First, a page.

DB It was at the Super Bowl. He asked me about working with Tom. He said he had some things mechanically he had to work on - the shoulder and that kind of thing. And I said, 'There's no better guy to do that than Tom House. And I'll reach out to Tom and let him know you'll be contacting him. But I think it's a great fit, and let me know what you think. I'm happy to set you guys up.' Like I said, I have a lot of respect for Alex. I can appreciate the road he's travelled to get to where he's at. Certainly, I love Tom House I know what he's meant for my career and I know just how much he can help, both mentally and physically, especially at the quarterback position."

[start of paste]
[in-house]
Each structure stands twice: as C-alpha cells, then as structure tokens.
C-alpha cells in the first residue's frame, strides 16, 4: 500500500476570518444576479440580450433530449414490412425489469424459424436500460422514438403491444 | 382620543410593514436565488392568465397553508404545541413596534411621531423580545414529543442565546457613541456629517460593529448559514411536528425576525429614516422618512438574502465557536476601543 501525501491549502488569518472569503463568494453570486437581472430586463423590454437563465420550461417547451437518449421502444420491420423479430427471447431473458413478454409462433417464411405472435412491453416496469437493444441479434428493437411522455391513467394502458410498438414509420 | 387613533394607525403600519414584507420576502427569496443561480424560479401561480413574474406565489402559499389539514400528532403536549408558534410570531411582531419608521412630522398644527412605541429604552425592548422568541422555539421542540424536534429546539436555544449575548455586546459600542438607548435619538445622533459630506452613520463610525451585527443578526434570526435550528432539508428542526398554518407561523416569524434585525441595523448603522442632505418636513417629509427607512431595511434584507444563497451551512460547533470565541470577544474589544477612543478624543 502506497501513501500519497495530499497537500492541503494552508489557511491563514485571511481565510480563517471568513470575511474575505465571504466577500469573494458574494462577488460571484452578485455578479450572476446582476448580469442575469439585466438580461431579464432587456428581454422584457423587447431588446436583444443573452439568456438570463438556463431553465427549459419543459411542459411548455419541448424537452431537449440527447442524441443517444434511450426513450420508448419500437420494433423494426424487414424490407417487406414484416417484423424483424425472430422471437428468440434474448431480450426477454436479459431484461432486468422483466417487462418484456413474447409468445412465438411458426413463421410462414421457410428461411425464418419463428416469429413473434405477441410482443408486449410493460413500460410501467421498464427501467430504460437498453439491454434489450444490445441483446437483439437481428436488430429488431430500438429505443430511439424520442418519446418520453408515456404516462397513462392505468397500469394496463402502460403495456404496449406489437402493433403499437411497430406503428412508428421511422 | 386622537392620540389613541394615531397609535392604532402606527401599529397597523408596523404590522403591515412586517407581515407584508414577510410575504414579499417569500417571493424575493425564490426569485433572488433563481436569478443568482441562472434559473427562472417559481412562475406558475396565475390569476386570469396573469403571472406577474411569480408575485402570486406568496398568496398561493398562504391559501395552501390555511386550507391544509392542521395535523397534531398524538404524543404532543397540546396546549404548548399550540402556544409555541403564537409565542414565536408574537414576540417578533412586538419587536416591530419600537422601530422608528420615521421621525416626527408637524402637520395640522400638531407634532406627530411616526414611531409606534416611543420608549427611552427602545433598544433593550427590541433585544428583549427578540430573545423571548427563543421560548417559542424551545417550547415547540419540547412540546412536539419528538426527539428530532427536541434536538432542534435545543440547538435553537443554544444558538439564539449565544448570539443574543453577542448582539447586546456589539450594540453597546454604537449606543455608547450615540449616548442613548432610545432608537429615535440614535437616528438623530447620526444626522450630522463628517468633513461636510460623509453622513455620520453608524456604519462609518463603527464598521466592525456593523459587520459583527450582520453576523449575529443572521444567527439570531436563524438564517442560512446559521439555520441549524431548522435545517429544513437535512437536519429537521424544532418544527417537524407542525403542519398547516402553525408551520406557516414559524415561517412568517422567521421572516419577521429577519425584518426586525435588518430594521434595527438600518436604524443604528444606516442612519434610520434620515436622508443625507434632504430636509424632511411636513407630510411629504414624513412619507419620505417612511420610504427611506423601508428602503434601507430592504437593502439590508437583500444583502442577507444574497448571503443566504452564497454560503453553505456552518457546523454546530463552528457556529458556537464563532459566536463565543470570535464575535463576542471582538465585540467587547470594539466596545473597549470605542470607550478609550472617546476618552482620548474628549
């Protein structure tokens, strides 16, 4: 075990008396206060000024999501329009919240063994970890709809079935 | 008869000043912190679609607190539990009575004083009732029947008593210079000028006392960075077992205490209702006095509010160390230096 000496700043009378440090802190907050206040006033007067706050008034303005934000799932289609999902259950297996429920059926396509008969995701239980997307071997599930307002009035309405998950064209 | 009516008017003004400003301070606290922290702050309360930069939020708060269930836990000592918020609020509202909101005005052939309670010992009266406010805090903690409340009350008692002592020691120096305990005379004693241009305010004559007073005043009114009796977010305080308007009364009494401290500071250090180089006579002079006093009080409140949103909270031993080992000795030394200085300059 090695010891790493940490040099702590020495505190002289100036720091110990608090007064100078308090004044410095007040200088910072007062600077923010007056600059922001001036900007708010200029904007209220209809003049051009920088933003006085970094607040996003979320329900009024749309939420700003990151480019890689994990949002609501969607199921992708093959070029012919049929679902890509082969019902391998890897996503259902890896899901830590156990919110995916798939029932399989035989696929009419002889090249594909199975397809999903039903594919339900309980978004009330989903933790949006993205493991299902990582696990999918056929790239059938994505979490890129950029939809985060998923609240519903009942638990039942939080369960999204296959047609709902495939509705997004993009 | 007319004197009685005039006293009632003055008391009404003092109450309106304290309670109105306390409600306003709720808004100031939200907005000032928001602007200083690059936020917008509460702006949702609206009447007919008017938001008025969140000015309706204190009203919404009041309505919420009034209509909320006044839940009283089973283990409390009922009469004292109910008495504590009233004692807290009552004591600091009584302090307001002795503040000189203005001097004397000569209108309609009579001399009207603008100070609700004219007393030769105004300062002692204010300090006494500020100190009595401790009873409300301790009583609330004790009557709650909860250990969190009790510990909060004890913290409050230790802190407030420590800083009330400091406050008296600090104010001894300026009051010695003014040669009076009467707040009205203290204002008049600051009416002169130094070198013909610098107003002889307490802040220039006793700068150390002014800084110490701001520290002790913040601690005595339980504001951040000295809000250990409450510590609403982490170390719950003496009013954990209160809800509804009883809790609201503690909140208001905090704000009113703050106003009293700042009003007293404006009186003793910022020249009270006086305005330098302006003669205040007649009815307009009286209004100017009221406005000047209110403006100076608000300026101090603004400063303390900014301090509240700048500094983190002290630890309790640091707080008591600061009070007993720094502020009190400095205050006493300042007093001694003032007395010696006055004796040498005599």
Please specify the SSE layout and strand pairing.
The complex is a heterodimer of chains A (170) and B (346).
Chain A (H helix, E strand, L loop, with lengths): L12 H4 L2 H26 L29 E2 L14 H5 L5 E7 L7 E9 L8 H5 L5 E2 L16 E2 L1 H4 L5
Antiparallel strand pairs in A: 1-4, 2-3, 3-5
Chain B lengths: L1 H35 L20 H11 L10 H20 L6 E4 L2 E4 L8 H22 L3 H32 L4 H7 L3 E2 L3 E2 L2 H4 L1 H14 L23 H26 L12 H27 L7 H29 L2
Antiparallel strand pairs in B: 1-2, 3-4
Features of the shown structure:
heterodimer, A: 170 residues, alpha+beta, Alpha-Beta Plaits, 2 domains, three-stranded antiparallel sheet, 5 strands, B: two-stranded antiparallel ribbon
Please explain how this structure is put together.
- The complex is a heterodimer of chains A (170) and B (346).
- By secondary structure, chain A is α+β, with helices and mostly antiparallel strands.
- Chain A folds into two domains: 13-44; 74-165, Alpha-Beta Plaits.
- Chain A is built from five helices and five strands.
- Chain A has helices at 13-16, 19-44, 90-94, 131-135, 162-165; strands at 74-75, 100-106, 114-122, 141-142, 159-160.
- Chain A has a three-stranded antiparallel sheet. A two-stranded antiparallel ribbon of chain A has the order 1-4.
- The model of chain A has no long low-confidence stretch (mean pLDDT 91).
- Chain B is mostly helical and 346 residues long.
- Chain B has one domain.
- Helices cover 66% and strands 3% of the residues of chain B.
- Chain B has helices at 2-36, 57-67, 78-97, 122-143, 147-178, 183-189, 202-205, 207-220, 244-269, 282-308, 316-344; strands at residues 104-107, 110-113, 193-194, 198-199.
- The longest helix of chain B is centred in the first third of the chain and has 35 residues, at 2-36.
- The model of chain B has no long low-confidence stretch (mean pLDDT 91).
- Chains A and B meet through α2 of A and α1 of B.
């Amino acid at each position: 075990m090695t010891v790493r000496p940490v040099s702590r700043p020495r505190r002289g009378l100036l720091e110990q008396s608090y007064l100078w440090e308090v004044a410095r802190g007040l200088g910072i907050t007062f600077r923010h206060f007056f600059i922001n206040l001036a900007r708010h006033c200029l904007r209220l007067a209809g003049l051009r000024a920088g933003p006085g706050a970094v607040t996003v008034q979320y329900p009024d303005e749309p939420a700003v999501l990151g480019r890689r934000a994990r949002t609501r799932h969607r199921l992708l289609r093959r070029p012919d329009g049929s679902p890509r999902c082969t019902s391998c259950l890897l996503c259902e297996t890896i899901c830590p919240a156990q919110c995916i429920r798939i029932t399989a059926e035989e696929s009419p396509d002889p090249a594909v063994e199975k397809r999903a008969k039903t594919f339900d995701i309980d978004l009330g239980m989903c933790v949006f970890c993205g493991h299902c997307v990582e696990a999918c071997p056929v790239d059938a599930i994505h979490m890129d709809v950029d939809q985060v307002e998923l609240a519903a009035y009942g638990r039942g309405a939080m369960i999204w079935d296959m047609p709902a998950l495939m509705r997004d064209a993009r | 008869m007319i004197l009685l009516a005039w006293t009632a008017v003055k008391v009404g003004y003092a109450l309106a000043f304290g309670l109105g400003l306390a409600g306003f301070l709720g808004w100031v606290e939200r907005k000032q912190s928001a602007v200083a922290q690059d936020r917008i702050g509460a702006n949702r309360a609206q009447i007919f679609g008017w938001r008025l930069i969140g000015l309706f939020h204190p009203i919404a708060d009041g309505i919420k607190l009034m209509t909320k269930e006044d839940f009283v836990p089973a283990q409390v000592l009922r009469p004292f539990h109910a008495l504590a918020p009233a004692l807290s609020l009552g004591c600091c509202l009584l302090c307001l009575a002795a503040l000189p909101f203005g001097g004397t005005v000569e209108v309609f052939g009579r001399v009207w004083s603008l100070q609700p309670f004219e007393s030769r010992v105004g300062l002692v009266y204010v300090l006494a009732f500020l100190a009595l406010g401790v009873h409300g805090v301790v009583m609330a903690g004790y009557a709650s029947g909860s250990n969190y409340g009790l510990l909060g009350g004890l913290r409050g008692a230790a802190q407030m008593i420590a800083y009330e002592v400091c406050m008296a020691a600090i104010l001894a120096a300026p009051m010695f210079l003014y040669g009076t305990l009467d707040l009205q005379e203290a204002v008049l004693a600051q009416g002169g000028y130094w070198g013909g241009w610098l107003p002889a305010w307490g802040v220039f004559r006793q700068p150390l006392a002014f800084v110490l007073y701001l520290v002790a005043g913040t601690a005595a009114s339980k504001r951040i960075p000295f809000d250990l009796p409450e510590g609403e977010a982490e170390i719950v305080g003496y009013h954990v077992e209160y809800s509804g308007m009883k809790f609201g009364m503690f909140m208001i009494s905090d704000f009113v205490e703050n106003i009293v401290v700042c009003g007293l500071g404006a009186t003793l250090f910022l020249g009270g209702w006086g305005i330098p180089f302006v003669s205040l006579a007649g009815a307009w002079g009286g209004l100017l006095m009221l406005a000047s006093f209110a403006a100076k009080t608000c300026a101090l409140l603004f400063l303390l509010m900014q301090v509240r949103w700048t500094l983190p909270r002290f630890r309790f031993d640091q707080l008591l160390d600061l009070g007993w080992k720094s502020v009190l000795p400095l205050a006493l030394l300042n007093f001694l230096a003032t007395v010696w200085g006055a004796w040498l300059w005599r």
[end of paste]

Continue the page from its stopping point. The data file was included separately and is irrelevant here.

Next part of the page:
Q: Did he also help you after the '06 shoulder surgery?
DB: I had to learn how to throw again, honestly. I couldn't throw for four months. And when I came back and started throwing, it was just throwing five yards. So I had to start from scratch and I had to re-learn the throwing mechanics again. I mean, it was there. It was just a matter of getting it all wired correctly again.
Q: So there's really no overstating just how big those shoulder injuries are for a quarterback?
DB: Yeah, it can be significant. And like Tom says, there's so many little elements to it. If you hurt one thing, you can start over compensating, your mechanics change, you start putting more stress on a different part of your shoulder, your elbow - there's a lot of things that go into a throwing motion.
-- Matt Barrows